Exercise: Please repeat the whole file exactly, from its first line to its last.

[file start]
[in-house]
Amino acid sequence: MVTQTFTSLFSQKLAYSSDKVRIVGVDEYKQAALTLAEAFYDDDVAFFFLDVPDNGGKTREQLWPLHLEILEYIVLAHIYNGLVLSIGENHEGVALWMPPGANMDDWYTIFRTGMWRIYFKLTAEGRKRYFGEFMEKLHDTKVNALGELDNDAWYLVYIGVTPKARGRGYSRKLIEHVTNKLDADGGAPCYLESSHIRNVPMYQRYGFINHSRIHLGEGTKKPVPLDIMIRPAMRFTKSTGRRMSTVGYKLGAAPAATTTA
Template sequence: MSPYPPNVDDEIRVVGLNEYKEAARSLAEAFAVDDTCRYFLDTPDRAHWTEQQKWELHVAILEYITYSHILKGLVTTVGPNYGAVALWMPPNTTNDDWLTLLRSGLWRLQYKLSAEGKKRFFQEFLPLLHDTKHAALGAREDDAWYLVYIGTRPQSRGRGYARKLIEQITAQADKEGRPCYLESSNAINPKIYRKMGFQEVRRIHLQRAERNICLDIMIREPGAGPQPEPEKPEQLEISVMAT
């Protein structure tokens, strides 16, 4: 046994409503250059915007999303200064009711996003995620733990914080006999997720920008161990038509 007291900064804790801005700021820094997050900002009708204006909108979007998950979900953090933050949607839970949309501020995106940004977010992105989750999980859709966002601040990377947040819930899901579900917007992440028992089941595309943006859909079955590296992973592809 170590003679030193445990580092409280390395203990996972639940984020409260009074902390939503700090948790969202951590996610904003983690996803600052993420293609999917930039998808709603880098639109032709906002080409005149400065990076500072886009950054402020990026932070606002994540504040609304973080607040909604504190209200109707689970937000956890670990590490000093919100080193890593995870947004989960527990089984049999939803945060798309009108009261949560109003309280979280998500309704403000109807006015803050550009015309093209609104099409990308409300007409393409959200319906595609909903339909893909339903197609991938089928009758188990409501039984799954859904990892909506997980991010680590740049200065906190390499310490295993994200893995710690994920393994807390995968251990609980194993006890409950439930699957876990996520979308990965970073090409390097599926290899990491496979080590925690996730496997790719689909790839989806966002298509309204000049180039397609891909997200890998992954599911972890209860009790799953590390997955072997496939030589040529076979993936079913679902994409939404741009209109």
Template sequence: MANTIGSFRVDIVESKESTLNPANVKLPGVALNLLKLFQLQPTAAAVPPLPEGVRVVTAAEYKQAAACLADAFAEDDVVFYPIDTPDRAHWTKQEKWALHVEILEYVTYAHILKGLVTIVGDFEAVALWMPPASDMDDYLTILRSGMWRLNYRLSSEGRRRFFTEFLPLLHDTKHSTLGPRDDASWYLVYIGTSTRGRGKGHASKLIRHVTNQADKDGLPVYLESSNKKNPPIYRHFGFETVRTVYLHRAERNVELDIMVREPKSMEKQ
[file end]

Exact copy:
[in-house]
Amino acid sequence: MVTQTFTSLFSQKLAYSSDKVRIVGVDEYKQAALTLAEAFYDDDVAFFFLDVPDNGGKTREQLWPLHLEILEYIVLAHIYNGLVLSIGENHEGVALWMPPGANMDDWYTIFRTGMWRIYFKLTAEGRKRYFGEFMEKLHDTKVNALGELDNDAWYLVYIGVTPKARGRGYSRKLIEHVTNKLDADGGAPCYLESSHIRNVPMYQRYGFINHSRIHLGEGTKKPVPLDIMIRPAMRFTKSTGRRMSTVGYKLGAAPAATTTA
Template sequence: MSPYPPNVDDEIRVVGLNEYKEAARSLAEAFAVDDTCRYFLDTPDRAHWTEQQKWELHVAILEYITYSHILKGLVTTVGPNYGAVALWMPPNTTNDDWLTLLRSGLWRLQYKLSAEGKKRFFQEFLPLLHDTKHAALGAREDDAWYLVYIGTRPQSRGRGYARKLIEQITAQADKEGRPCYLESSNAINPKIYRKMGFQEVRRIHLQRAERNICLDIMIREPGAGPQPEPEKPEQLEISVMAT
């Protein structure tokens, strides 16, 4: 046994409503250059915007999303200064009711996003995620733990914080006999997720920008161990038509 007291900064804790801005700021820094997050900002009708204006909108979007998950979900953090933050949607839970949309501020995106940004977010992105989750999980859709966002601040990377947040819930899901579900917007992440028992089941595309943006859909079955590296992973592809 170590003679030193445990580092409280390395203990996972639940984020409260009074902390939503700090948790969202951590996610904003983690996803600052993420293609999917930039998808709603880098639109032709906002080409005149400065990076500072886009950054402020990026932070606002994540504040609304973080607040909604504190209200109707689970937000956890670990590490000093919100080193890593995870947004989960527990089984049999939803945060798309009108009261949560109003309280979280998500309704403000109807006015803050550009015309093209609104099409990308409300007409393409959200319906595609909903339909893909339903197609991938089928009758188990409501039984799954859904990892909506997980991010680590740049200065906190390499310490295993994200893995710690994920393994807390995968251990609980194993006890409950439930699957876990996520979308990965970073090409390097599926290899990491496979080590925690996730496997790719689909790839989806966002298509309204000049180039397609891909997200890998992954599911972890209860009790799953590390997955072997496939030589040529076979993936079913679902994409939404741009209109």
Template sequence: MANTIGSFRVDIVESKESTLNPANVKLPGVALNLLKLFQLQPTAAAVPPLPEGVRVVTAAEYKQAAACLADAFAEDDVVFYPIDTPDRAHWTKQEKWALHVEILEYVTYAHILKGLVTIVGDFEAVALWMPPASDMDDYLTILRSGMWRLNYRLSSEGRRRFFTEFLPLLHDTKHSTLGPRDDASWYLVYIGTSTRGRGKGHASKLIRHVTNQADKDGLPVYLESSNKKNPPIYRHFGFETVRTVYLHRAERNVELDIMVREPKSMEKQ